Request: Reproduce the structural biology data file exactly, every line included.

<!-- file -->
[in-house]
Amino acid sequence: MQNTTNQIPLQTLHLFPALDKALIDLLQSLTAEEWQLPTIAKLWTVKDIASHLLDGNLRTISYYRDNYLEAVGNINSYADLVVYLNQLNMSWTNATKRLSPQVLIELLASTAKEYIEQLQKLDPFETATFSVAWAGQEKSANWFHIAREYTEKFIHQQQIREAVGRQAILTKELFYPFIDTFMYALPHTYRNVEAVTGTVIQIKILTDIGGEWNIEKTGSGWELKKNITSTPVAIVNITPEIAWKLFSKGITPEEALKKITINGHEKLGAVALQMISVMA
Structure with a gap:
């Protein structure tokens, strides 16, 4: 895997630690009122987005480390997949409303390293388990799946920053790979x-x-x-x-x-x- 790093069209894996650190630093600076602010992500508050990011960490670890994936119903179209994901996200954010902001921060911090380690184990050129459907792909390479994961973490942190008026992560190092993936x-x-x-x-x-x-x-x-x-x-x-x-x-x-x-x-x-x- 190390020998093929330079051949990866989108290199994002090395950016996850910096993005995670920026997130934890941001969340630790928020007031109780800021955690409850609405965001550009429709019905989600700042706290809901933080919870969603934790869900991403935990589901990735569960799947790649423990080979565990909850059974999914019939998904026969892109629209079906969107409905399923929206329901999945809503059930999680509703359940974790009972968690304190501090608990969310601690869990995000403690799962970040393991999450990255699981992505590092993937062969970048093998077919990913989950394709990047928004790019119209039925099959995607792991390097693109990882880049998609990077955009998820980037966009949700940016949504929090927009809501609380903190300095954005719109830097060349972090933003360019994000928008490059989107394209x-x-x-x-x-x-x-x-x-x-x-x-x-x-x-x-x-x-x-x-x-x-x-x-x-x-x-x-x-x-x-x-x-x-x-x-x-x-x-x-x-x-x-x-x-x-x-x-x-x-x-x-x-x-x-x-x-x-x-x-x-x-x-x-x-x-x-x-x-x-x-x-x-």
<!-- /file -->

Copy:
[in-house]
Amino acid sequence: MQNTTNQIPLQTLHLFPALDKALIDLLQSLTAEEWQLPTIAKLWTVKDIASHLLDGNLRTISYYRDNYLEAVGNINSYADLVVYLNQLNMSWTNATKRLSPQVLIELLASTAKEYIEQLQKLDPFETATFSVAWAGQEKSANWFHIAREYTEKFIHQQQIREAVGRQAILTKELFYPFIDTFMYALPHTYRNVEAVTGTVIQIKILTDIGGEWNIEKTGSGWELKKNITSTPVAIVNITPEIAWKLFSKGITPEEALKKITINGHEKLGAVALQMISVMA
Structure with a gap:
């Protein structure tokens, strides 16, 4: 895997630690009122987005480390997949409303390293388990799946920053790979x-x-x-x-x-x- 790093069209894996650190630093600076602010992500508050990011960490670890994936119903179209994901996200954010902001921060911090380690184990050129459907792909390479994961973490942190008026992560190092993936x-x-x-x-x-x-x-x-x-x-x-x-x-x-x-x-x-x- 190390020998093929330079051949990866989108290199994002090395950016996850910096993005995670920026997130934890941001969340630790928020007031109780800021955690409850609405965001550009429709019905989600700042706290809901933080919870969603934790869900991403935990589901990735569960799947790649423990080979565990909850059974999914019939998904026969892109629209079906969107409905399923929206329901999945809503059930999680509703359940974790009972968690304190501090608990969310601690869990995000403690799962970040393991999450990255699981992505590092993937062969970048093998077919990913989950394709990047928004790019119209039925099959995607792991390097693109990882880049998609990077955009998820980037966009949700940016949504929090927009809501609380903190300095954005719109830097060349972090933003360019994000928008490059989107394209x-x-x-x-x-x-x-x-x-x-x-x-x-x-x-x-x-x-x-x-x-x-x-x-x-x-x-x-x-x-x-x-x-x-x-x-x-x-x-x-x-x-x-x-x-x-x-x-x-x-x-x-x-x-x-x-x-x-x-x-x-x-x-x-x-x-x-x-x-x-x-x-x-």